"Using a tether somewhere between 1,000 kilometers (roughly the distance from Raleigh to Miami) to 100,000 kilometers (you could wrap this around the Earth two and a half times) to divert an asteroid sounds extreme. But compare it to other schemes," French says, "They are all pretty far out. Other schemes include: a call for painting the asteroids in order to alter how light may influence their ; a plan that would guide a second asteroid into the threatening one; and of course, there are nukes. Nuclear weapons are an intriguing possibility, but have considerable political and technical obstacles. Would the rest of the world trust us to nuke an asteroid? Would we trust anyone else? And would the asteroid break into multiple asteroids, giving us more problems to solve?"

The research was first presented last month at the NC State Graduate Student Research Symposium in Raleigh, N.C. The research, "Trajectory Diversion of an Earth-Threatening via Elastic, Massive Tether-Ballast System," has also been reviewed and accepted for presentation this September at the American Institute of Aeronautics and Astronautics SPACE 2009 Conference and Exposition in Pasadena, CA.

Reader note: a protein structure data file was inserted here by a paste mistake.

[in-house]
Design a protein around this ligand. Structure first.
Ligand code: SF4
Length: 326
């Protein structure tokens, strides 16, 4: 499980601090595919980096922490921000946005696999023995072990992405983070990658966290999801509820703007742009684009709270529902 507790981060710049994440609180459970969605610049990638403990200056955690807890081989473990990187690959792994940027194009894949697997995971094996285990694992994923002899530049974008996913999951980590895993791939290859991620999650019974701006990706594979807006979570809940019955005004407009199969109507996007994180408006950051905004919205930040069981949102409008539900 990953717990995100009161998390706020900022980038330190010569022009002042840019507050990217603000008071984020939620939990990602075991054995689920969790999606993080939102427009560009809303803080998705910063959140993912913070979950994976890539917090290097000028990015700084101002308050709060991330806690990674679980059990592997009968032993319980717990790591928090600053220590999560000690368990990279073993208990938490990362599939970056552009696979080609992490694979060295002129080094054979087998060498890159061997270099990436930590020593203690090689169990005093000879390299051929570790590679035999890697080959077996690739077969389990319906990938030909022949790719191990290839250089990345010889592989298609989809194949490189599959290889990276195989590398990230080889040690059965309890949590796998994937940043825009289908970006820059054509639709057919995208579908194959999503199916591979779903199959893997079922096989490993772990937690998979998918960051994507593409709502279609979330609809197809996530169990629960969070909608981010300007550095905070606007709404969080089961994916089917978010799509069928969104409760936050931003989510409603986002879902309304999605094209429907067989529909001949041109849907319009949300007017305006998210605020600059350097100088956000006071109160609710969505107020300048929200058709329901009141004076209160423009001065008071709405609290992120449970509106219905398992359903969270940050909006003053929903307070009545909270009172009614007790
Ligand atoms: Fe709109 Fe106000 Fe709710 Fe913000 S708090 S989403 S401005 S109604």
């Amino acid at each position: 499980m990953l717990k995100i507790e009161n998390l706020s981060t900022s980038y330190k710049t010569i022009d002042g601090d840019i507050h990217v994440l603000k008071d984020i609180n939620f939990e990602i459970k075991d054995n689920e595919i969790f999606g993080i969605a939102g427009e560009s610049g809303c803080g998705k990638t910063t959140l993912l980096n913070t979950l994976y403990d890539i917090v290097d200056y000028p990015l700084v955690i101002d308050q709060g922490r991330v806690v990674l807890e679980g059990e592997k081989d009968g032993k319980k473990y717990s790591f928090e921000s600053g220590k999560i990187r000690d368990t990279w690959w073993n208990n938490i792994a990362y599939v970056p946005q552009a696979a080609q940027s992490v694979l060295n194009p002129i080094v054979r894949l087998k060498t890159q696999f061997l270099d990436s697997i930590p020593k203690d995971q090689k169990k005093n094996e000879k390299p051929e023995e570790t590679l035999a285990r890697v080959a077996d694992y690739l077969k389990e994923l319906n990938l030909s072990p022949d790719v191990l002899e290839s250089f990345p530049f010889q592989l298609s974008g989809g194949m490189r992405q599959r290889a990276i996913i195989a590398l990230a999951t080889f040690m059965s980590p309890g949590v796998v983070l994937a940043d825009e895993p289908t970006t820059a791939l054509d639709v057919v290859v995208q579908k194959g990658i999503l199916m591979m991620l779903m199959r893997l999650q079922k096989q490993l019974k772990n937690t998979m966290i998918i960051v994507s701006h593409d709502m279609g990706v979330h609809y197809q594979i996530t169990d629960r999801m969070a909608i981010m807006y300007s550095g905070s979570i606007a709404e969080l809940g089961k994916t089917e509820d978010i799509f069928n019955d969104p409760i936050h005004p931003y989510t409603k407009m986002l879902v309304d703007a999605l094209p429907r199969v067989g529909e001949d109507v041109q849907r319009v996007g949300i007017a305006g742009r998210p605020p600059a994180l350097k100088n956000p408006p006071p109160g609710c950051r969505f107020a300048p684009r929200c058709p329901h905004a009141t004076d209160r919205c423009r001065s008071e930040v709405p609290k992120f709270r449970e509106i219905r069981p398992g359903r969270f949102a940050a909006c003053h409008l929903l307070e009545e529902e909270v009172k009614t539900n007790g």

Source: North Carolina State University (news : web)

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User comments : 19

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vivcollins
3.8 / 5 (5) Apr 16, 2009
Using orbital mechanics in this way wins my vote over nearly all the other methods put forward so far
Mayday
4 / 5 (4) Apr 16, 2009
How does one attach a tether to a pile of gravel?
Truth
5 / 5 (3) Apr 16, 2009
In order to accomplish this stunt, you'd have to: 1. Have a spaceship land on an crazily tumbling asteroid which is:

2. heading in the opposite direction at appx. 20 to 30 thousand miles an hour,

3. have that space ship haul a 1000 to 100,000 kilometer tether connected to